The average car on American roads is now 12.6 years old

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Auto journalists and enthusiasts love buying new cars, but the general public isn’t as hyped about the process. A recent study from S&P Global Mobility found that the average age of vehicles on U.S. roads has continued increasing, reaching 12.6 years in 2024.

That figure, which applies to cars and light trucks, grew two months from 2023’s study. That increase has presented a prime business opportunity for aftermarket parts and service providers. S&P Global Mobility’s aftermarket practice lead, Todd Campau, said, “With average age growth, more vehicles are entering the prime range for aftermarket service, typically from six to 14 years of age. With more than 110 million vehicles in that sweet spot – reflecting nearly 38 percent of the fleet on the road – we expect continued growth in the volume of vehicles in that age range to rise to an estimated 40 percent through 2028.”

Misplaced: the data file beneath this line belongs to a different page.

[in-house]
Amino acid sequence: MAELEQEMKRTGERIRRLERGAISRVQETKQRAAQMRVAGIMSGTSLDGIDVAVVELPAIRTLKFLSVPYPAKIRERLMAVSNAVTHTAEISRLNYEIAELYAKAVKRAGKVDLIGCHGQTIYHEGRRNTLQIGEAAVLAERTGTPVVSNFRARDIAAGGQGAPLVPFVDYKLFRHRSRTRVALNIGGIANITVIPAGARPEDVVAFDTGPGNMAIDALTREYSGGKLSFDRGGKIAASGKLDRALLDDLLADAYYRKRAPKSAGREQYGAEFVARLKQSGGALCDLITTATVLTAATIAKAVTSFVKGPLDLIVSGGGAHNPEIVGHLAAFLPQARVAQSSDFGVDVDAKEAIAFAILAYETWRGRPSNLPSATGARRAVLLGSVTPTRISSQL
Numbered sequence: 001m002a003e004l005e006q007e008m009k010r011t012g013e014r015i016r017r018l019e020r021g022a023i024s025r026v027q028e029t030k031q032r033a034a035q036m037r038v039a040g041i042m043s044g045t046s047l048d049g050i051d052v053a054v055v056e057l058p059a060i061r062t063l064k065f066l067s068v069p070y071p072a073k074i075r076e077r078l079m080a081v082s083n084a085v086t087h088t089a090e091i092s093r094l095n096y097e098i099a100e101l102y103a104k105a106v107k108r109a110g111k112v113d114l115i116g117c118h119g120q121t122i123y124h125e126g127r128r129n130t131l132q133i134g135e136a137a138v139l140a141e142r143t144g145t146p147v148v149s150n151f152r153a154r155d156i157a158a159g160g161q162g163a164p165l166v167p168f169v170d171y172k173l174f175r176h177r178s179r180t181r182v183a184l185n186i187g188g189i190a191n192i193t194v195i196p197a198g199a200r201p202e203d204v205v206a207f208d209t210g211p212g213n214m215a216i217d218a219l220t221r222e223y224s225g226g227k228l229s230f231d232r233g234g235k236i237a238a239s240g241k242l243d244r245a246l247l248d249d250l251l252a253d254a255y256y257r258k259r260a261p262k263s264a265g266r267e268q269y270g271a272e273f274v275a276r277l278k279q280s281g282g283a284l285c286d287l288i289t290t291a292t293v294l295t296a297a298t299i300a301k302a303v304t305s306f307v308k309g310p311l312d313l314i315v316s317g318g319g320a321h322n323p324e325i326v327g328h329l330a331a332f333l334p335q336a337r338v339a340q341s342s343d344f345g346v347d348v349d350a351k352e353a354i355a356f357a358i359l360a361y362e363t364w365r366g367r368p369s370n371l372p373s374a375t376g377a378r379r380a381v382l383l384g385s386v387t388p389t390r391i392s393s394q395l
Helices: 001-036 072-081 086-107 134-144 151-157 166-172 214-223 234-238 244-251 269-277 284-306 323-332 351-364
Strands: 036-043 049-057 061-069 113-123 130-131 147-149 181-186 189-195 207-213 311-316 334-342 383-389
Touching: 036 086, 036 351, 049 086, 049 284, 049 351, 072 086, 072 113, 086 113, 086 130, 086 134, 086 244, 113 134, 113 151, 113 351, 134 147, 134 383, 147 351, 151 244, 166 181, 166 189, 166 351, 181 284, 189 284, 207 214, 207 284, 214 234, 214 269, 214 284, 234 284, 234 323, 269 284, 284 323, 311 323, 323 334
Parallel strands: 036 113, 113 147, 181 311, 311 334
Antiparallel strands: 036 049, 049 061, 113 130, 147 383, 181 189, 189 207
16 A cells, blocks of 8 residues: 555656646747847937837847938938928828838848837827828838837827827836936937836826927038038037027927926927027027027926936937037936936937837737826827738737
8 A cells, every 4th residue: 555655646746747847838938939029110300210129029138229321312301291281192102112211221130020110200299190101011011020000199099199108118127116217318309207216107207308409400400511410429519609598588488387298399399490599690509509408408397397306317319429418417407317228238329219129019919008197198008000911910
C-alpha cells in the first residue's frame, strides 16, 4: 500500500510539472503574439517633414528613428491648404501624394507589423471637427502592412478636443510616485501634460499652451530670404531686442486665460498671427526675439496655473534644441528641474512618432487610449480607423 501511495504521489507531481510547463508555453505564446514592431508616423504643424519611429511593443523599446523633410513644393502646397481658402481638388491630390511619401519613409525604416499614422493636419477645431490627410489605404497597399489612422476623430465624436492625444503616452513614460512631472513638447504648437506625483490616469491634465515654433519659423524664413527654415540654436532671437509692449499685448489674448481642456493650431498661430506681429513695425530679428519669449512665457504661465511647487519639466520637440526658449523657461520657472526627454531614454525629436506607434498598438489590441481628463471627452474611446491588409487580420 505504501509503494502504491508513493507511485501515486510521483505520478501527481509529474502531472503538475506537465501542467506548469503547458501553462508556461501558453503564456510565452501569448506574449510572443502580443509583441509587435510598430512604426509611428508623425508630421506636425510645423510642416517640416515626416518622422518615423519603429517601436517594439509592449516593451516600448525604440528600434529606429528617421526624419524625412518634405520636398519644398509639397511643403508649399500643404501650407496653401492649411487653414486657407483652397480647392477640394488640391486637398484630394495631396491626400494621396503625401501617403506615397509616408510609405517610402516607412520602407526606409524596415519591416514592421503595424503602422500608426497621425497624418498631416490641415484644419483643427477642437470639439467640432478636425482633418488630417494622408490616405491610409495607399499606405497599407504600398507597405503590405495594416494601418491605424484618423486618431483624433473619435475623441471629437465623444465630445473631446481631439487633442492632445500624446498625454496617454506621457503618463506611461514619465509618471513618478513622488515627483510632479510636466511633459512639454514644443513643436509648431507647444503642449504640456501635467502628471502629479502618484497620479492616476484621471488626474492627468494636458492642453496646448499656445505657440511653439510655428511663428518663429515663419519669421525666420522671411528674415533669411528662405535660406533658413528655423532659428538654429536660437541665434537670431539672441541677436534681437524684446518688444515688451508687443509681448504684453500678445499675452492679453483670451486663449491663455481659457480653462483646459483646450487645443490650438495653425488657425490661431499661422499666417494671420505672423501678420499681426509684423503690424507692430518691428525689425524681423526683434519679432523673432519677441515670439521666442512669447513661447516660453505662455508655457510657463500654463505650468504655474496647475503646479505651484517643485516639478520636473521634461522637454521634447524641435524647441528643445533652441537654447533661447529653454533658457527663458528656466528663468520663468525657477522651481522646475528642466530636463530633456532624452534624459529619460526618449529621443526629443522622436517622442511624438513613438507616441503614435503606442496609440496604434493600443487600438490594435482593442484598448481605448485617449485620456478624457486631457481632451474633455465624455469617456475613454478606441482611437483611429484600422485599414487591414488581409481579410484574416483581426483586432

Owners holding onto their cars means fewer are heading to scrapyards, though the number of scrapped vehicles has not increased since last year. That said, two cars are scrapped for every new passenger car registration, adding up to 27 million vehicles leaving the roads since 2020 with just around 13 million new ones registered.

Even with the pace of scrapping, the number of vehicles on our roads has grown significantly since last year. As of January, there were 286 million vehicles in service, two million more than last year. The number of vehicles aged six years or less fell from 98 million in 2019 to 90 million in 2024, driven in part by pandemic-related shortages and supply chain issues.

At the same time, the number of EVs in service continues to grow, despite some prognosticators’ view that the sky is falling. There were 3.2 million EVs in operation at the beginning of this year, an increase of more than 50 percent since 2022. That said, S&P noted that the 3.5-year average age of EVs on the roads could increase in the near term as adoption slows.

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